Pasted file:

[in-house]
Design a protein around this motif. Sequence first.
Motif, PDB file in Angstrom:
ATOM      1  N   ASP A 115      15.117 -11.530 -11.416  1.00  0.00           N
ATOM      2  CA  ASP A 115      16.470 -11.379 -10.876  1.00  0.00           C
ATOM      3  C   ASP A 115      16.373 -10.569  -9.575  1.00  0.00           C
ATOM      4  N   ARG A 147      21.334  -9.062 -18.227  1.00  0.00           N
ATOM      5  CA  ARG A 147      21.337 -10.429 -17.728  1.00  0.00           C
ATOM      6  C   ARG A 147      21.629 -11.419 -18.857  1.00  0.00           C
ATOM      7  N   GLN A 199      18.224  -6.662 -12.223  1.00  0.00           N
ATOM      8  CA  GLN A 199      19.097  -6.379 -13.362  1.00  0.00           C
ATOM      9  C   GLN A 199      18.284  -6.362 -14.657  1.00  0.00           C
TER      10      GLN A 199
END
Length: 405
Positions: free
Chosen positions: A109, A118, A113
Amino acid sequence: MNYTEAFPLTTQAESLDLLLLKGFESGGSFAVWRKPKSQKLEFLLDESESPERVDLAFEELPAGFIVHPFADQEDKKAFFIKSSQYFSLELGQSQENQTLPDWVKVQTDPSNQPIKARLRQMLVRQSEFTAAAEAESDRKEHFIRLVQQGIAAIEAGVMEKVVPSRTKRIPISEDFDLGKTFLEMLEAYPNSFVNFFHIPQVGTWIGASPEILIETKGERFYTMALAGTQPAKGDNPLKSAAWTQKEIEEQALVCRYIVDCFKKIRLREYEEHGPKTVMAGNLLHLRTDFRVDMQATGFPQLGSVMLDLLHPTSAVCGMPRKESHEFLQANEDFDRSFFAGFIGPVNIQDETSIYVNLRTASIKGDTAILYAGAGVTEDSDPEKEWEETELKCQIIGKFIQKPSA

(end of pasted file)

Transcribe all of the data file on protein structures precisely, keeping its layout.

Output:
[in-house]
Design a protein around this motif. Sequence first.
Motif, PDB file in Angstrom:
ATOM      1  N   ASP A 115      15.117 -11.530 -11.416  1.00  0.00           N
ATOM      2  CA  ASP A 115      16.470 -11.379 -10.876  1.00  0.00           C
ATOM      3  C   ASP A 115      16.373 -10.569  -9.575  1.00  0.00           C
ATOM      4  N   ARG A 147      21.334  -9.062 -18.227  1.00  0.00           N
ATOM      5  CA  ARG A 147      21.337 -10.429 -17.728  1.00  0.00           C
ATOM      6  C   ARG A 147      21.629 -11.419 -18.857  1.00  0.00           C
ATOM      7  N   GLN A 199      18.224  -6.662 -12.223  1.00  0.00           N
ATOM      8  CA  GLN A 199      19.097  -6.379 -13.362  1.00  0.00           C
ATOM      9  C   GLN A 199      18.284  -6.362 -14.657  1.00  0.00           C
TER      10      GLN A 199
END
Length: 405
Positions: free
Chosen positions: A109, A118, A113
Amino acid sequence: MNYTEAFPLTTQAESLDLLLLKGFESGGSFAVWRKPKSQKLEFLLDESESPERVDLAFEELPAGFIVHPFADQEDKKAFFIKSSQYFSLELGQSQENQTLPDWVKVQTDPSNQPIKARLRQMLVRQSEFTAAAEAESDRKEHFIRLVQQGIAAIEAGVMEKVVPSRTKRIPISEDFDLGKTFLEMLEAYPNSFVNFFHIPQVGTWIGASPEILIETKGERFYTMALAGTQPAKGDNPLKSAAWTQKEIEEQALVCRYIVDCFKKIRLREYEEHGPKTVMAGNLLHLRTDFRVDMQATGFPQLGSVMLDLLHPTSAVCGMPRKESHEFLQANEDFDRSFFAGFIGPVNIQDETSIYVNLRTASIKGDTAILYAGAGVTEDSDPEKEWEETELKCQIIGKFIQKPSA